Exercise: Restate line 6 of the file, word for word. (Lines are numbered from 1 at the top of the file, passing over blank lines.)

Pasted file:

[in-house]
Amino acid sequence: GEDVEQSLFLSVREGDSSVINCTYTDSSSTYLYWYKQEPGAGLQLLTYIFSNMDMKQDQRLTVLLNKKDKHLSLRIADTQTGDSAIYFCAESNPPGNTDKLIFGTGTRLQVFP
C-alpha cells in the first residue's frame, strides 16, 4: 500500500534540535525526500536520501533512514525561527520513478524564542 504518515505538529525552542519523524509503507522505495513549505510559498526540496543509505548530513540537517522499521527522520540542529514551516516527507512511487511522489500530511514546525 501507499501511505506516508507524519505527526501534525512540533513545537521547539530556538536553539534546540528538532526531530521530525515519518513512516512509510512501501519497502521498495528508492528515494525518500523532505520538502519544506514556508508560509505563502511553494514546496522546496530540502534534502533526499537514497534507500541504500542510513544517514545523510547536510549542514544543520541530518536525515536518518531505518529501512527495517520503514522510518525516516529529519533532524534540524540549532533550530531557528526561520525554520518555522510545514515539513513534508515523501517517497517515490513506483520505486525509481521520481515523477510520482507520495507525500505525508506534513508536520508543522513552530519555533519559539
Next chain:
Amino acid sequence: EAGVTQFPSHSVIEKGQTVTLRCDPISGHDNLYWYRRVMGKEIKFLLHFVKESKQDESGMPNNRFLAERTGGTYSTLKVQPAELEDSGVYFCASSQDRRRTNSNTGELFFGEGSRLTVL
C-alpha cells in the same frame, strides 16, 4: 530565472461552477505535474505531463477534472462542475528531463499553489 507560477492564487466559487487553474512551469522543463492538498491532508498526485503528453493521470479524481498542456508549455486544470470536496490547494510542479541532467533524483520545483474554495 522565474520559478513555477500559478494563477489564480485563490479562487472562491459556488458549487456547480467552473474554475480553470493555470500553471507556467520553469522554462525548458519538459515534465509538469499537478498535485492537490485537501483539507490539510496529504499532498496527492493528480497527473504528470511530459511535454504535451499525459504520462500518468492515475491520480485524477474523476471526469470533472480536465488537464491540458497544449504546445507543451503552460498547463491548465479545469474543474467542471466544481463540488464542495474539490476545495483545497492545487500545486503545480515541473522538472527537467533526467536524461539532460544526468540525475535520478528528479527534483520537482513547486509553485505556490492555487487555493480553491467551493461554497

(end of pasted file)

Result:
C-alpha cells in the same frame, strides 16, 4: 530565472461552477505535474505531463477534472462542475528531463499553489 507560477492564487466559487487553474512551469522543463492538498491532508498526485503528453493521470479524481498542456508549455486544470470536496490547494510542479541532467533524483520545483474554495 522565474520559478513555477500559478494563477489564480485563490479562487472562491459556488458549487456547480467552473474554475480553470493555470500553471507556467520553469522554462525548458519538459515534465509538469499537478498535485492537490485537501483539507490539510496529504499532498496527492493528480497527473504528470511530459511535454504535451499525459504520462500518468492515475491520480485524477474523476471526469470533472480536465488537464491540458497544449504546445507543451503552460498547463491548465479545469474543474467542471466544481463540488464542495474539490476545495483545497492545487500545486503545480515541473522538472527537467533526467536524461539532460544526468540525475535520478528528479527534483520537482513547486509553485505556490492555487487555493480553491467551493461554497